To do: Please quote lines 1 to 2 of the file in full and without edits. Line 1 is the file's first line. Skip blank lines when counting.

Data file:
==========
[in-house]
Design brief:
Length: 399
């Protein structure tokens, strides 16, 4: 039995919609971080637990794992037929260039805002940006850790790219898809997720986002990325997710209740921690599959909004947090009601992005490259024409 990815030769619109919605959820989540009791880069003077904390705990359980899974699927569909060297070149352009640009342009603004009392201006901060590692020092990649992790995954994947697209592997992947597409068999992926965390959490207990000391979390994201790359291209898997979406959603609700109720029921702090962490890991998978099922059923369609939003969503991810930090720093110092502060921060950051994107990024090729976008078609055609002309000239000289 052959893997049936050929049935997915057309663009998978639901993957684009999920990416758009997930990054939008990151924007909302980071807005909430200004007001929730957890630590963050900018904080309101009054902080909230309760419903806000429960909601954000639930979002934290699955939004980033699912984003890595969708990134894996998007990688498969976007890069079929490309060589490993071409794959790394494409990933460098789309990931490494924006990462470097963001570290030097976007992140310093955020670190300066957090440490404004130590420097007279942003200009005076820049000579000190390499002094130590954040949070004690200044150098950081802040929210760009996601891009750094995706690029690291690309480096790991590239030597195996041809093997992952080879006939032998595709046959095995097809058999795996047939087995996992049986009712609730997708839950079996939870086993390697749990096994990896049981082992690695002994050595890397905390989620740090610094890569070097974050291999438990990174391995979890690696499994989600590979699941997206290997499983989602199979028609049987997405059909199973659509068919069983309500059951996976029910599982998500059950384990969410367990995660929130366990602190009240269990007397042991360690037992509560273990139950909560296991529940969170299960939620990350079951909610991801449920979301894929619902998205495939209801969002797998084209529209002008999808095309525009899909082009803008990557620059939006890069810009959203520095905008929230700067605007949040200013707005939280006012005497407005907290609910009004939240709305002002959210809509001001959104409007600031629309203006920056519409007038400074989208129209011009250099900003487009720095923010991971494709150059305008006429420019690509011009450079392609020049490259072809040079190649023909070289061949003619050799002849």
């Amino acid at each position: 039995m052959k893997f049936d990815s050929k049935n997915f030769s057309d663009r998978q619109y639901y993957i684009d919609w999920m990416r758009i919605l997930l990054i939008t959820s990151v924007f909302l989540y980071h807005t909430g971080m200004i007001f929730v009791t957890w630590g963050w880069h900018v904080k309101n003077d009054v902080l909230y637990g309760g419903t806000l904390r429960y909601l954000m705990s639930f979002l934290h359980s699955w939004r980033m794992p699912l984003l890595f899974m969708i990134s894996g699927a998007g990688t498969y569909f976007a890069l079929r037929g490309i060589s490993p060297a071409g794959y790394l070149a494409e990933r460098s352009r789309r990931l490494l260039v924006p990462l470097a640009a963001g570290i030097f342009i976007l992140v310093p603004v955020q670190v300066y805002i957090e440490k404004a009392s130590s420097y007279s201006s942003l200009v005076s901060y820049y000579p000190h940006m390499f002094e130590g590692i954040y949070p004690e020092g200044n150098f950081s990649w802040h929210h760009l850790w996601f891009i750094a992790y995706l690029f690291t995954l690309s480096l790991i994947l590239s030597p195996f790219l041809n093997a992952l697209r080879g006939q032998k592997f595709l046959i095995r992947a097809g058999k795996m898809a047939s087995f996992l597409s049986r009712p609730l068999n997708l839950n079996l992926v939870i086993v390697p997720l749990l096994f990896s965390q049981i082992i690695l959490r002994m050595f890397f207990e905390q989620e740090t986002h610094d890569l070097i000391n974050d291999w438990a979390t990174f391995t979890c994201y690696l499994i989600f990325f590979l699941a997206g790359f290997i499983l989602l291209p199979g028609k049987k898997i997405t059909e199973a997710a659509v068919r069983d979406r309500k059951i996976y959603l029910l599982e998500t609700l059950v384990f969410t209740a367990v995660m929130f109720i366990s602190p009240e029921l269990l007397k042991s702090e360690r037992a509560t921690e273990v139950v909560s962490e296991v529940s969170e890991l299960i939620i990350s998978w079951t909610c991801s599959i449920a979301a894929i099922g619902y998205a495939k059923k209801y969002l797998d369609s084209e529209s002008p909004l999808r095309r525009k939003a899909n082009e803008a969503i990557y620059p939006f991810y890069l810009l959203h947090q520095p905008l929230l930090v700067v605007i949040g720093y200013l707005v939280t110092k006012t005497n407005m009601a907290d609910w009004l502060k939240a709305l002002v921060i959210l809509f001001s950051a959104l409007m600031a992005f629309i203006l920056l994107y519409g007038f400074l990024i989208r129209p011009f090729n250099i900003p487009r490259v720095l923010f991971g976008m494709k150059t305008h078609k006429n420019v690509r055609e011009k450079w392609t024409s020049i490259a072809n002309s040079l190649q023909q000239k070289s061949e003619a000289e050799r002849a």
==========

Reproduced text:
[in-house]
Design brief: